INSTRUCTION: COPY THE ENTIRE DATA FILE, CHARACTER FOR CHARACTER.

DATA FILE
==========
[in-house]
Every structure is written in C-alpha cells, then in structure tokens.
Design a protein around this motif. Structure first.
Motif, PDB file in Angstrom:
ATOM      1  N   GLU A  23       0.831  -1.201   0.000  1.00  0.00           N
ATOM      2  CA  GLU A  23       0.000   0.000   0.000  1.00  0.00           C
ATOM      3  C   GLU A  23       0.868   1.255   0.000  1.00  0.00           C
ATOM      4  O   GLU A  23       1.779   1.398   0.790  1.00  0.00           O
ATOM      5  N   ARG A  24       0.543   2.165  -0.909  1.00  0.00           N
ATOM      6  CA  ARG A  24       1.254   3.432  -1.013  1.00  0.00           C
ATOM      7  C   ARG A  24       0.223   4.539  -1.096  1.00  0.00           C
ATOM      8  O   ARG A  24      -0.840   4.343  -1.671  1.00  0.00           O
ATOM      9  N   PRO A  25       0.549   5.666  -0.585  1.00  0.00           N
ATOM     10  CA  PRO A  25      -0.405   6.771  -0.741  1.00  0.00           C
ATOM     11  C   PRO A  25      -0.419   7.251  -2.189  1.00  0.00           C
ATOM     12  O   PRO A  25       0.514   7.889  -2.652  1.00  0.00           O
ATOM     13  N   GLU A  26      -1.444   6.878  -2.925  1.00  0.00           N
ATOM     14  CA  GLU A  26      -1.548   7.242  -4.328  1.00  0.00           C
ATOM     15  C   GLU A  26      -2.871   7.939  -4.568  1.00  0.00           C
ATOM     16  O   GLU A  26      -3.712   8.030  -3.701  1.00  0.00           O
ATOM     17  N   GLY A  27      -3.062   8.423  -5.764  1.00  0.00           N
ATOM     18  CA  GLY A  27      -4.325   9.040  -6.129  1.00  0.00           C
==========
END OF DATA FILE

[in-house]
Every structure is written in C-alpha cells, then in structure tokens.
Design a protein around this motif. Structure first.
Motif, PDB file in Angstrom:
ATOM      1  N   GLU A  23       0.831  -1.201   0.000  1.00  0.00           N
ATOM      2  CA  GLU A  23       0.000   0.000   0.000  1.00  0.00           C
ATOM      3  C   GLU A  23       0.868   1.255   0.000  1.00  0.00           C
ATOM      4  O   GLU A  23       1.779   1.398   0.790  1.00  0.00           O
ATOM      5  N   ARG A  24       0.543   2.165  -0.909  1.00  0.00           N
ATOM      6  CA  ARG A  24       1.254   3.432  -1.013  1.00  0.00           C
ATOM      7  C   ARG A  24       0.223   4.539  -1.096  1.00  0.00           C
ATOM      8  O   ARG A  24      -0.840   4.343  -1.671  1.00  0.00           O
ATOM      9  N   PRO A  25       0.549   5.666  -0.585  1.00  0.00           N
ATOM     10  CA  PRO A  25      -0.405   6.771  -0.741  1.00  0.00           C
ATOM     11  C   PRO A  25      -0.419   7.251  -2.189  1.00  0.00           C
ATOM     12  O   PRO A  25       0.514   7.889  -2.652  1.00  0.00           O
ATOM     13  N   GLU A  26      -1.444   6.878  -2.925  1.00  0.00           N
ATOM     14  CA  GLU A  26      -1.548   7.242  -4.328  1.00  0.00           C
ATOM     15  C   GLU A  26      -2.871   7.939  -4.568  1.00  0.00           C
ATOM     16  O   GLU A  26      -3.712   8.030  -3.701  1.00  0.00           O
ATOM     17  N   GLY A  27      -3.062   8.423  -5.764  1.00  0.00           N
ATOM     18  CA  GLY A  27      -4.325   9.040  -6.129  1.00  0.00           C